Where was Tim Tharp as I sat in creative writing class being torn apart by my contemporaries and professor for creating a unlovable character and throwing him into an adventure where he doesn’t learn a lesson? Sure, Sutter Keely might come off as your typical, everyday high school party goer. And sure, he might seem charming. And sure he might get the gist of knowing he has to grow up, but in The Spectacular Now I’m left wondering if he will ever get his head straight and start thinking about something other than the now.
Do not mistake charming for lovable. Sutter Keely will steal your heart and make you smile throughout the book with his misguided, quasi-jaded philosophy that puts Holden Caulfield to shame. There is no denying, however, that Sutter is a teenage alcoholic bound to grow up into an adult alcoholic. He’s disappointed with people who don’t embrace his idea of fun and living life. Still, you read through the book with the understanding that this is a coming of age novel. That Sutter will eventually have to grow up. And after seeing what’s in store for his future, watching his friends growing up around him, the reader expects an epiphany, a change. Screw up after screw up, mishap after mishap, trouble after trouble
Tim Tharp, however, doesn’t deliver that to the reader. The Hollywood ending doesn’t do Sutter justice because it’s just a manipulation of the atomic vampires in charge. And while I can’t help but to admire that this book just proved my creative writing class wrong, I still feel cheated.
Even through all the good of the book, the lackluster ending where the narrator learns absolutely nothing even though reflections of his future cheer him on, stare him in the face, ditch him constantly, he keeps on trucking as God’s own drunk. Romanticizing his dead-beat father until he becomes a carbon copy image of the bastard. The only lessons he learns he quickly forgets with his big 7Up and whisky.
Still the amazing ability of getting into his main character’s psyche proves that Tim Tharp is a writer that will get young adults to sit down and read. There isn’t a boring moment within the pages. And the information is delivered without the fluff that makes most books tedious to read at that age. The sort of writer that I yearned for growing up.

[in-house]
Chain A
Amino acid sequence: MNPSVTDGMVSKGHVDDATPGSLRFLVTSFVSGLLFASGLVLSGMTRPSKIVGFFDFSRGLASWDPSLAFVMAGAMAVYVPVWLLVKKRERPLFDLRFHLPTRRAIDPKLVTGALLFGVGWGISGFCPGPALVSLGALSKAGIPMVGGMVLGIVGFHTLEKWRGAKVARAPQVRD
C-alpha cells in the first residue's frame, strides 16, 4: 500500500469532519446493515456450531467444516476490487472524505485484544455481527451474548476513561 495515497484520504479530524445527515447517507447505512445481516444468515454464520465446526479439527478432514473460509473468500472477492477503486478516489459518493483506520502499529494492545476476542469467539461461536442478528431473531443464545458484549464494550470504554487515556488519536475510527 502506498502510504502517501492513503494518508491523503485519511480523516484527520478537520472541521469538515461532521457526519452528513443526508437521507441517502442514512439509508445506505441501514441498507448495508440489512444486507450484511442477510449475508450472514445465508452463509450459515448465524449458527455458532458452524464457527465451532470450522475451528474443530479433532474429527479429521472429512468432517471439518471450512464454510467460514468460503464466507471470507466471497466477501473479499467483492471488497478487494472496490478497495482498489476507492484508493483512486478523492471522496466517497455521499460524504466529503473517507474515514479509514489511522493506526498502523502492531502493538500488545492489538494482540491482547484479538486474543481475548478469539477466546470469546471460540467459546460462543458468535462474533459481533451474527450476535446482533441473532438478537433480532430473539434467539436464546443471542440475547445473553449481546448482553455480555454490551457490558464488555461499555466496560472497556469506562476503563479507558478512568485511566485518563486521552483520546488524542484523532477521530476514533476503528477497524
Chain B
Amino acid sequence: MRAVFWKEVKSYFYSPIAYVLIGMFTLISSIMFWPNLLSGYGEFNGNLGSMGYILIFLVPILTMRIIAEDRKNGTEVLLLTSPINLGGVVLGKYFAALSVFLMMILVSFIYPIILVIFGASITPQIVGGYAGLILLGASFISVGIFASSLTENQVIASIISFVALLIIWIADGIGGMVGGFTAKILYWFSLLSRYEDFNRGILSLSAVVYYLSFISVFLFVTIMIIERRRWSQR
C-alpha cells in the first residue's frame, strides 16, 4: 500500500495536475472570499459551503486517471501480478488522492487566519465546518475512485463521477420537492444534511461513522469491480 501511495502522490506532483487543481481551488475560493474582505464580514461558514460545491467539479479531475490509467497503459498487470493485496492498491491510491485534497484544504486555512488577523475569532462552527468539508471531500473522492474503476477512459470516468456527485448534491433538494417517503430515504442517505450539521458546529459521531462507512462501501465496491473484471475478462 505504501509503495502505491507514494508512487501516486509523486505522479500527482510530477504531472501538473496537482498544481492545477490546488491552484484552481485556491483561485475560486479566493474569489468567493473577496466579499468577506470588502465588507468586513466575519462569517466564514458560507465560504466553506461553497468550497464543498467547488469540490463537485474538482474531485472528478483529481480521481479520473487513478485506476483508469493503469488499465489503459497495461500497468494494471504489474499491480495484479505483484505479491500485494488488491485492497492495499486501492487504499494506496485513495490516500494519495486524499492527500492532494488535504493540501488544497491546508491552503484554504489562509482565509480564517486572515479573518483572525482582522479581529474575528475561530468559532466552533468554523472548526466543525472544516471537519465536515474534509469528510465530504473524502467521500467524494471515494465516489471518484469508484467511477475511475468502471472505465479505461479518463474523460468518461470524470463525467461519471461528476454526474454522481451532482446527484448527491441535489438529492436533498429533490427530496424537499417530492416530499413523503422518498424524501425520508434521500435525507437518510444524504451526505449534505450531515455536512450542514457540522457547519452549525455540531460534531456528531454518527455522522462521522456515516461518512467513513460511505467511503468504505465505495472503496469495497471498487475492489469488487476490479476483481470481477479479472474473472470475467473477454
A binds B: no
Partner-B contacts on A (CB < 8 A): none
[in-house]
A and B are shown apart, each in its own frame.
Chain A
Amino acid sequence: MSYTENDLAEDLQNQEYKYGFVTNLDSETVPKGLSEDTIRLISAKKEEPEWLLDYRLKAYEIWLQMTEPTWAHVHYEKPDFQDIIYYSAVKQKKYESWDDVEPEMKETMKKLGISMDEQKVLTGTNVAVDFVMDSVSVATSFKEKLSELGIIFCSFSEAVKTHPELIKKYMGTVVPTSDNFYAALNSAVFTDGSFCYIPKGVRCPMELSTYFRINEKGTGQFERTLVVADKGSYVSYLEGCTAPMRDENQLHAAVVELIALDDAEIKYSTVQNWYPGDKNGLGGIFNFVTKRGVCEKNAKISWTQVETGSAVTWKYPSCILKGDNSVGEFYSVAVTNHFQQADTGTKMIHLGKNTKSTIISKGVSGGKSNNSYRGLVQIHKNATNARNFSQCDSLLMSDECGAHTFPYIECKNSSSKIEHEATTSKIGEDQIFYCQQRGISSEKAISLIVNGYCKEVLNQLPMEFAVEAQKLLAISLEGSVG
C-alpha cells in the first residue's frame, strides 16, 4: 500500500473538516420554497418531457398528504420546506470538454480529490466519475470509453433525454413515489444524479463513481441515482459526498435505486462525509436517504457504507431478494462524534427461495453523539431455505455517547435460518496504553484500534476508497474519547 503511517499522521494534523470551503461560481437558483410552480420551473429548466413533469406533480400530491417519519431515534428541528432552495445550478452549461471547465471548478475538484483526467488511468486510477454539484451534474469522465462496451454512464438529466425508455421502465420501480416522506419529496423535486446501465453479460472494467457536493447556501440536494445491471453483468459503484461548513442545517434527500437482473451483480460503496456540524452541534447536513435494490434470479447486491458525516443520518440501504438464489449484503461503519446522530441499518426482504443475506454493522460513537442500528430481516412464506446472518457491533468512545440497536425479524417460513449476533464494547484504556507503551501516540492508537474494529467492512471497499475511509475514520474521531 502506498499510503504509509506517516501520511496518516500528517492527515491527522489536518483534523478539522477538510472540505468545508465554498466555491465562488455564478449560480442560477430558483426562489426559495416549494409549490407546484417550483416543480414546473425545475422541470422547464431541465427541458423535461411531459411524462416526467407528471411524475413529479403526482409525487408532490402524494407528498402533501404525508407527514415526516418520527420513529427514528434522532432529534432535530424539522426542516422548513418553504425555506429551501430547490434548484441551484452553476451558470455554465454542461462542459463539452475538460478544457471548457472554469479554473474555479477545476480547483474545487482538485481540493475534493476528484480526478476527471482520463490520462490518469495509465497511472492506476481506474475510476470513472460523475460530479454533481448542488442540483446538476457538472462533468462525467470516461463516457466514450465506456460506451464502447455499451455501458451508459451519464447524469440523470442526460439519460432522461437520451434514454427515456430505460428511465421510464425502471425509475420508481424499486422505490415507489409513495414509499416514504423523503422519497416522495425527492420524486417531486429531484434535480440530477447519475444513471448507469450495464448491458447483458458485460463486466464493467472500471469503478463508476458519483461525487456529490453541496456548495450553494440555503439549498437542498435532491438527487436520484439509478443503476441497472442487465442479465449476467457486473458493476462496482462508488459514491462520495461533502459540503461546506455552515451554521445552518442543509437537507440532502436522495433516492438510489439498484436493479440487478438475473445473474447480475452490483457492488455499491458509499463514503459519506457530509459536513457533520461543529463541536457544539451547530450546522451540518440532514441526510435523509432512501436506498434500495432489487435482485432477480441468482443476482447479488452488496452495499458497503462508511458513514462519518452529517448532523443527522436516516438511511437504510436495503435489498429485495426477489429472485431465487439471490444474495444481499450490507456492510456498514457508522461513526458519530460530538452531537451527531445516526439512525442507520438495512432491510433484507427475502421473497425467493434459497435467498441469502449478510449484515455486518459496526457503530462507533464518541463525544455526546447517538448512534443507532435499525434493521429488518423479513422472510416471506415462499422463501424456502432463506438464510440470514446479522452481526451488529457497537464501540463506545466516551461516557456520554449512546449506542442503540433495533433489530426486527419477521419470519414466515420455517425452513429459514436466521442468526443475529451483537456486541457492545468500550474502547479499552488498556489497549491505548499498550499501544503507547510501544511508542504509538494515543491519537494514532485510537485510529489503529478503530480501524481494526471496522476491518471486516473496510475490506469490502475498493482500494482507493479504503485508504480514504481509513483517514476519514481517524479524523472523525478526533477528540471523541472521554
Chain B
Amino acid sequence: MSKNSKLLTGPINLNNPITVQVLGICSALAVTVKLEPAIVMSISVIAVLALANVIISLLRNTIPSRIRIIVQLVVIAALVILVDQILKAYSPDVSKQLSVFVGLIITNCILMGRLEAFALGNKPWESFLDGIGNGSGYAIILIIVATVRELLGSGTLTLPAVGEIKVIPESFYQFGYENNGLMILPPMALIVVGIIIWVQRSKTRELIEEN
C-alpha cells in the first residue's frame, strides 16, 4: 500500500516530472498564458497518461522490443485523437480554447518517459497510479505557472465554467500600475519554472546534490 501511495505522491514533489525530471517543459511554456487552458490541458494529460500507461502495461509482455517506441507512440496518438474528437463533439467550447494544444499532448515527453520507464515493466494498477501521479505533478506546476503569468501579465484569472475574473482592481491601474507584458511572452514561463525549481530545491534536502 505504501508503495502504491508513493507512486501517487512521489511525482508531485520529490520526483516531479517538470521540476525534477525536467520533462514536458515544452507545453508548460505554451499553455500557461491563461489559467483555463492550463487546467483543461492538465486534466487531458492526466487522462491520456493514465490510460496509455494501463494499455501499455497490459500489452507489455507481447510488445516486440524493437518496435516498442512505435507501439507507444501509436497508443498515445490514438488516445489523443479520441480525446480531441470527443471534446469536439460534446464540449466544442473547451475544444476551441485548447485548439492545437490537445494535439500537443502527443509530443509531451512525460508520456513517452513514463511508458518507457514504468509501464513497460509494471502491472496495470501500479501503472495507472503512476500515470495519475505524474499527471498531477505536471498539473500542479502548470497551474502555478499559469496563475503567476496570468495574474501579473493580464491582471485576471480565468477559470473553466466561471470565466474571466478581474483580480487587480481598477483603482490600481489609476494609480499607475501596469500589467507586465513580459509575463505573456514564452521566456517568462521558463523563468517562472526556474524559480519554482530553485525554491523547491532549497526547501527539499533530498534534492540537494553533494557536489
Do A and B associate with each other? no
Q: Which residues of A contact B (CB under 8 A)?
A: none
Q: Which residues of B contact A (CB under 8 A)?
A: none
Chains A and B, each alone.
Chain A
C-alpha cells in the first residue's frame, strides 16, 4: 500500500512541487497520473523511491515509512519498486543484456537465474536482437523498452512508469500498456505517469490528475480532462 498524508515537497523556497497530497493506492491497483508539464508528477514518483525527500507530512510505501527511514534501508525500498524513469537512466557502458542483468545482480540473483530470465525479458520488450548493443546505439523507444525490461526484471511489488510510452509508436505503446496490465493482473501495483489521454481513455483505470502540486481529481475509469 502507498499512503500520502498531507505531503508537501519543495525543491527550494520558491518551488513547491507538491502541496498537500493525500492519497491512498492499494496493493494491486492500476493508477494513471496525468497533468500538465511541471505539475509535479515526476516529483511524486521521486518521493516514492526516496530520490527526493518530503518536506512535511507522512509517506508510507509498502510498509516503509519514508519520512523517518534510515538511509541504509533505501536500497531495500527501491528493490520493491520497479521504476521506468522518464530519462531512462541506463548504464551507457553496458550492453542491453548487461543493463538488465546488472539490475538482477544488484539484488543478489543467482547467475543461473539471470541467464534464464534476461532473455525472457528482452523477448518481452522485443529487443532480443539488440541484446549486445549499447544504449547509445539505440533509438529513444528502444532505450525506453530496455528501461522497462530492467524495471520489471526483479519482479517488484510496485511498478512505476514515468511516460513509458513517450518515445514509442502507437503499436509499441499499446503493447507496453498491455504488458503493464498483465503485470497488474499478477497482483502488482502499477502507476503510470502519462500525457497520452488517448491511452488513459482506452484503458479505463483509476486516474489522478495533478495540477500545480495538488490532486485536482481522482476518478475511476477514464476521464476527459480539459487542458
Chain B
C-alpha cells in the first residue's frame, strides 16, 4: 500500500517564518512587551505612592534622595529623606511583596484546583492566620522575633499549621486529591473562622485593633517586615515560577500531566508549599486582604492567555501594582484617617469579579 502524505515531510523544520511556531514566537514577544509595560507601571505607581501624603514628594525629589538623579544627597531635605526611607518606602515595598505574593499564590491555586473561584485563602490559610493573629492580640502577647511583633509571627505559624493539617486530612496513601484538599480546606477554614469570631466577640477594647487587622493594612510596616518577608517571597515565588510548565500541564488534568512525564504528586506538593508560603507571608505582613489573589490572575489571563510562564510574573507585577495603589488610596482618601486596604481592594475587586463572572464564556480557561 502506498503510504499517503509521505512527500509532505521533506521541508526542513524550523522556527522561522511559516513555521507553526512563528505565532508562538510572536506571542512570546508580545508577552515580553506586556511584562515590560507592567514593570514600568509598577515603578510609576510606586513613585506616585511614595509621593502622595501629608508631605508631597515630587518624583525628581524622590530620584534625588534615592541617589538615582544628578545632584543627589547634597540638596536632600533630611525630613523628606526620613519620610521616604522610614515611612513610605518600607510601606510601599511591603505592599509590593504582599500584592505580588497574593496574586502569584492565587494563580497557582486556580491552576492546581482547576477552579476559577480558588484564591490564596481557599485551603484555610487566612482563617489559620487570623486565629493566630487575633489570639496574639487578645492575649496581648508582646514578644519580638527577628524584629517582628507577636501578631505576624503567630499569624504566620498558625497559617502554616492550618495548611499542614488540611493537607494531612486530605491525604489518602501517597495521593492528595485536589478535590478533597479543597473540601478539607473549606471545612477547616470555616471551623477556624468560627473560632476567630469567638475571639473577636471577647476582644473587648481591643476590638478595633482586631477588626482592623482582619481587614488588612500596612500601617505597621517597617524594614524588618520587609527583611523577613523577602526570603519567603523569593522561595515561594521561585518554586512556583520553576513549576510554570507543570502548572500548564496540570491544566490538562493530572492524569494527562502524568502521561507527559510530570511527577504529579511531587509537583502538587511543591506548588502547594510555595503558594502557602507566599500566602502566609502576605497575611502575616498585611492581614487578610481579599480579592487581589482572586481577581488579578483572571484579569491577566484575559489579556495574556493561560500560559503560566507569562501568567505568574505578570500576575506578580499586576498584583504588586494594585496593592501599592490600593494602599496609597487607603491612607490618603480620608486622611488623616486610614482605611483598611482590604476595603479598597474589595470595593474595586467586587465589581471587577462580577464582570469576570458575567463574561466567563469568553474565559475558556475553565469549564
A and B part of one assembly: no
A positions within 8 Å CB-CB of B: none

So if you’re willing to go along from the drunken ride and test your sobriety, it’s time you curled up with Tim Tharp’s novel.About the book (from Amazon.com):
This National Book Award Finalist is now a major motion picture — one of the most buzzed-about films at Sundance 2013, starring Shailene Woodley and Miles Teller.
SUTTER KEELY. HE’S the guy you want at your party. He’ll get everyone dancing. He’ ll get everyone in your parents’ pool. Okay, so he’s not exactly a shining academic star. He has no plans for college and will probably end up folding men’s shirts for a living. But there are plenty of ladies in town, and with the help of Dean Martin and Seagram’s V.O., life’s pretty fabuloso, actually.
Until the morning he wakes up on a random front lawn, and he meets Aimee. Aimee’s clueless. Aimee is a social disaster. Aimee needs help, and it’s up to the Sutterman to show Aimee a splendiferous time and then let her go forth and prosper. But Aimee’s not like other girls, and before long he’s in way over his head. For the first time in his life, he has the power to make a difference in someone else’s life—or ruin it forever.The Spectacular Now
by Tim Tharp
Ember, 9 July 2013 (movie tie-in cover)